Page 1 of 4

The Gigatron project

Posted: Tue Dec 05, 2017 6:32 pm
by hgm
Marcel van Kervinck has developed this wonderful retro computer, the Gigatron: it doesn't even use a micro-processor, and is built entirely from discrete TTL logic components available in the eighties. The challenge now of course is to make it play Chess.

The Gigatron has a rather harsh machine language, and although it has the capability to generate video signals for driving a VGA monitor, it has to do this in software (like the Sinclair ZX81). It can only use one quarter of the resolution horizontally, though (160 pixels per line), and its 32KB memory would not allow it to store an image that uses all 480 lines of a VGA image independently. So the usual display mode is to also reduce the vertical resolution by a factor 4, by displaying every line 4 times, so that a 160x120 image results. As displaying a line puts a 100% load on the CPU, usually only 3 (identical) lines are displayed, leaving the 4th line of every group black, allowing the CPU to do some calculations. Even storing the 160x120 image occupies 160 bytes in 120 of the 128 available (256-byte) memory pages.

I have already written a small program to display a Chess board on such a screen; in my emulator it looks like this:


The squares are 9x9 pixels, making the board 72x72, using only part of the screen. This leaves 304 of the 520 scan lines (including the vertical retrace) unused, increasing the time available for calculation. In fact it would be possible to increase that further, by displaying each line only once, for 448 lines of calculation vs 72 lines displayed. That still gives a clearly recognizable image. It would also give a hard-to-miss signal that the computer is done thinking, when the image would intensify threefold.

Even during black lines the program still has to generate the video sync pulses, however. And it has to generate them exactly in time. So the program should at all times be aware how many clock cycles it has been using, and generate a syc pulse when this is due. The alternative of course is to just drop the image while the program is thinking. This will upset the VGA monitor (which might start displaying some 'No Signal' warning), but it will recover soon enough when generation of the video signal resumes after the computer is done thinking. Yet another method is to do away with the monitor altogether, and use the output port to drive two 7-segment LED digits ('matchbox style').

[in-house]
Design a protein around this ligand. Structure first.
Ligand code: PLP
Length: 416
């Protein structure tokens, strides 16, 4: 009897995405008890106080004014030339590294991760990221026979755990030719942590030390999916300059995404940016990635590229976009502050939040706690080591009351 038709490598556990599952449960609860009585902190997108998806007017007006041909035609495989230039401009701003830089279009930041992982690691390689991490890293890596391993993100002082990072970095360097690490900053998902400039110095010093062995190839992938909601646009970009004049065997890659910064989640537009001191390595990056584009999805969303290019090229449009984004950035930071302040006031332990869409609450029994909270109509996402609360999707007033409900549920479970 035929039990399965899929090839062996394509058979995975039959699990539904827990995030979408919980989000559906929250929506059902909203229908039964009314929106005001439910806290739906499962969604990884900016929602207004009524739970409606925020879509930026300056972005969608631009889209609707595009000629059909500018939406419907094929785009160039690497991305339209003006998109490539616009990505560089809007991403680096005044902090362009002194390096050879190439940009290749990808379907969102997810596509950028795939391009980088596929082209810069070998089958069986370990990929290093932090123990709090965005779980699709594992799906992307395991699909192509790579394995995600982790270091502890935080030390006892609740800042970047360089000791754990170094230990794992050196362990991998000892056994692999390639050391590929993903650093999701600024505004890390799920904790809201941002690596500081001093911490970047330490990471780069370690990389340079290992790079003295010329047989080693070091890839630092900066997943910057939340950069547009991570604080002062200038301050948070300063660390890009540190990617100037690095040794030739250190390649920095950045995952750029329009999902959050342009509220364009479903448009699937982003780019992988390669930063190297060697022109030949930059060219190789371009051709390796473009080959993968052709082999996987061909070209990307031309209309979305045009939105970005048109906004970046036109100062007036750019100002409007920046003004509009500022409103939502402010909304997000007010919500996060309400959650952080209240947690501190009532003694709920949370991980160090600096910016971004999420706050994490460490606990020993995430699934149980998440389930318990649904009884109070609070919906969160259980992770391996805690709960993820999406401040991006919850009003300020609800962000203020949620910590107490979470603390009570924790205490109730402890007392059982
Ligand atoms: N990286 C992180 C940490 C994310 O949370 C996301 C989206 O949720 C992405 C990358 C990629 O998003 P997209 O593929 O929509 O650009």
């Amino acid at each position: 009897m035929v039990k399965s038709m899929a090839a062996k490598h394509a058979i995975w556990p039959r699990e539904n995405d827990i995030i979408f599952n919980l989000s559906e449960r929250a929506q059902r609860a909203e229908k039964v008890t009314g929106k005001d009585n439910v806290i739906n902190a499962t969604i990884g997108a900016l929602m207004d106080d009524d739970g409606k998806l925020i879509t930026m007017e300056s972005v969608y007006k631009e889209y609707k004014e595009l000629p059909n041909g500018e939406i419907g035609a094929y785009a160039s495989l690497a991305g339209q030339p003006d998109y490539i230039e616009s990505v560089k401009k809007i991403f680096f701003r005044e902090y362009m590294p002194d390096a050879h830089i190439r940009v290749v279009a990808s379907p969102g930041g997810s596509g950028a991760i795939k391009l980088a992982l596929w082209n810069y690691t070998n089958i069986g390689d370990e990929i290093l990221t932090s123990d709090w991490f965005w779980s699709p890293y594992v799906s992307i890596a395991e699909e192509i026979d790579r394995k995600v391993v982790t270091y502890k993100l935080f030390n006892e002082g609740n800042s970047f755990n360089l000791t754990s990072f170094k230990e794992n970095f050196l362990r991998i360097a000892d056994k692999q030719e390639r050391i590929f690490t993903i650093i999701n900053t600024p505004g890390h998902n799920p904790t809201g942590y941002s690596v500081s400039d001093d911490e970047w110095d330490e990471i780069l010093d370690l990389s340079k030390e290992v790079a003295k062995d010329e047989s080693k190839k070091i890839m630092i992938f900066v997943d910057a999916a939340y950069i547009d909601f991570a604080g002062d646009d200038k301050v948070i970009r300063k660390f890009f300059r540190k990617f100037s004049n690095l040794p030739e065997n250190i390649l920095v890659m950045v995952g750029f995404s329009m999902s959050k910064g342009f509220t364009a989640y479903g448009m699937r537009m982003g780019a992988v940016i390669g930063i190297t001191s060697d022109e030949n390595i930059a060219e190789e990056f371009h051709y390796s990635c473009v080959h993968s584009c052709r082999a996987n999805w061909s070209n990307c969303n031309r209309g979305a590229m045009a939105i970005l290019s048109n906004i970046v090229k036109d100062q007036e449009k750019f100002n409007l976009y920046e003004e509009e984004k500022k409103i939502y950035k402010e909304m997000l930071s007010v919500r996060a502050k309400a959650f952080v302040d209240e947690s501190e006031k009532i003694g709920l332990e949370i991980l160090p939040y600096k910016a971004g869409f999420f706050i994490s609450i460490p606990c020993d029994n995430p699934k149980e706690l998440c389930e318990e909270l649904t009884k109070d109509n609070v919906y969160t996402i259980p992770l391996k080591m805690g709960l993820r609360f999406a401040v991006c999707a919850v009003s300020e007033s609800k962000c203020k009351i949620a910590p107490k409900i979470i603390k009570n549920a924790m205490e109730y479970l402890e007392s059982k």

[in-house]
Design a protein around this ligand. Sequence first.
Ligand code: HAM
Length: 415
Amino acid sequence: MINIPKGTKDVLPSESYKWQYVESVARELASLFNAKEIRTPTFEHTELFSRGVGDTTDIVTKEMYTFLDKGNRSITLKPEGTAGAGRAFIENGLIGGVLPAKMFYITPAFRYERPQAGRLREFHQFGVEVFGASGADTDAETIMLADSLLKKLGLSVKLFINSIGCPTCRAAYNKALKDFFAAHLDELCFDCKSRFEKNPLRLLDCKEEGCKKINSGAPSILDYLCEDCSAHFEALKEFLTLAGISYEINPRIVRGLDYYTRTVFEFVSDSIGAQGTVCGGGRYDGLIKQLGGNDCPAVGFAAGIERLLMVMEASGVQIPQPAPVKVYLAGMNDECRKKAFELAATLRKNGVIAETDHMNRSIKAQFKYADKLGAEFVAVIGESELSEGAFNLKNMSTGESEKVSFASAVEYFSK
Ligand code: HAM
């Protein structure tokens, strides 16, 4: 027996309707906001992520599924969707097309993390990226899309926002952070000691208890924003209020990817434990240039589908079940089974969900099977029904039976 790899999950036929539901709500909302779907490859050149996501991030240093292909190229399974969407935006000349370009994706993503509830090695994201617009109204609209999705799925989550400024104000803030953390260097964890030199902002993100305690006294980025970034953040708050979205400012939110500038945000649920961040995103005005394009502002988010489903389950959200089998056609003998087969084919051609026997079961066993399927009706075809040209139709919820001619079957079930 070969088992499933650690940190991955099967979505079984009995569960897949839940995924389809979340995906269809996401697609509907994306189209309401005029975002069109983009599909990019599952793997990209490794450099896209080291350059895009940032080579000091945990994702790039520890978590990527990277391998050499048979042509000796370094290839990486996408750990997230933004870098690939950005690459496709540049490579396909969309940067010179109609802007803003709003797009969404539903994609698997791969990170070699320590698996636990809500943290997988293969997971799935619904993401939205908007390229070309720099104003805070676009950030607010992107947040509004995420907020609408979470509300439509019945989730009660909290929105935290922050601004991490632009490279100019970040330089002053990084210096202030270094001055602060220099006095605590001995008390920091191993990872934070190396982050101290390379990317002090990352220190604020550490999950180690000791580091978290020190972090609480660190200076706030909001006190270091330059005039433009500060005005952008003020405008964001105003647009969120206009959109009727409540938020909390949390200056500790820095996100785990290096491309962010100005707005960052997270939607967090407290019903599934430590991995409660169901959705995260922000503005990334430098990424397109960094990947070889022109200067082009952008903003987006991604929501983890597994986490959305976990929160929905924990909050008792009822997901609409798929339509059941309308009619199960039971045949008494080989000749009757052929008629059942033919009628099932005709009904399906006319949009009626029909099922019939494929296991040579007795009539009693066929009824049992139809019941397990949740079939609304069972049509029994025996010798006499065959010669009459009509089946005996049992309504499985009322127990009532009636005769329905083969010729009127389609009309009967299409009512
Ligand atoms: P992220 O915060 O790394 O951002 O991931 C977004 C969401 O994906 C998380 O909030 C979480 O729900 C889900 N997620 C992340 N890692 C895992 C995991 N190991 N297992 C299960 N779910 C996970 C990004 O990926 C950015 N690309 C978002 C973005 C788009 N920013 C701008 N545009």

Anyway, I will report in this thread about the development of the Chess program. First step will be to write something that works without paying attention to the video requirements; the generation of a video signal during thinking can be added later. The wish to eventually generate video during thinking will affect the design, though. Tight loops become quite inefficient when you have to keep track of how many iterations they do, in order to keep track of the elapsed time. So I will try to use algorithms that use a more predictable control flow, with as few conditional branches as possible. So preferably no scans along board rays to find the first piece in a certain direction, or whether a path between two squares is blocked.

Re: The Gigatron project

Posted: Tue Dec 05, 2017 7:12 pm
by hgm
Hardware ideosyncracies

The Gigatron does not have the usual indexed addressing, where the address is obtained by adding a fixed constand specified in the instruction to a register. Instead it appends a constant (8-bit) part specified in the instruction to an 8-bit register, to obtain a 16-bit address. (Which then leaves the highest bit unused, as there is only 32KB of RAM.) There are two index registers, X (which can supply the low byte) and Y (which can supply the high byte of an address). They can be used at the same time, to provide an address that is entrirely calculated. If neither of them is used, only addresses 0-255 can be accessed, as the instruction provides only 8 bits that can be used as address or constant data.

This makes it annoying to have arrays that do not start at a page boundary; you would have to calculate the addresses of elements explicitly, by adding the start address to the index. It is easier to just put each array in a different memory page, so that the element's index can be used directly as low byte of the memory address. Then you can use the Y register to determine which array you are going to access. Assuming that all arrays are smaller than 256 bytes.

Now this seems pretty wasteful for small arrays. But remember we have lots of memory pages that will have 160 of their 256 bytes filled with video information. Arrays smaller than 96 bytes can be put in those to make use of the remaining space. Sometimes indexes are arbitrary, the only important thing being that they are different for all elements (e.g. because they come from other tables). This can be used to put different arrays in the same page. E.g. square numbers could be made to start at 68, for example, leaving bytes 0-67 in a page that contains a board or piece-square table available for use as another array, e.g. a piece table, if piece numbers run from 0 to 67.

Re: The Gigatron project

Posted: Tue Dec 05, 2017 7:23 pm
by Stan Arts
Very cool!

Re: The Gigatron project

Posted: Tue Dec 05, 2017 8:11 pm
by Dann Corbit
That really is fascinating.

To me, the most interesting part is that someone could have done this exact same thing in the early 80's.

Re: The Gigatron project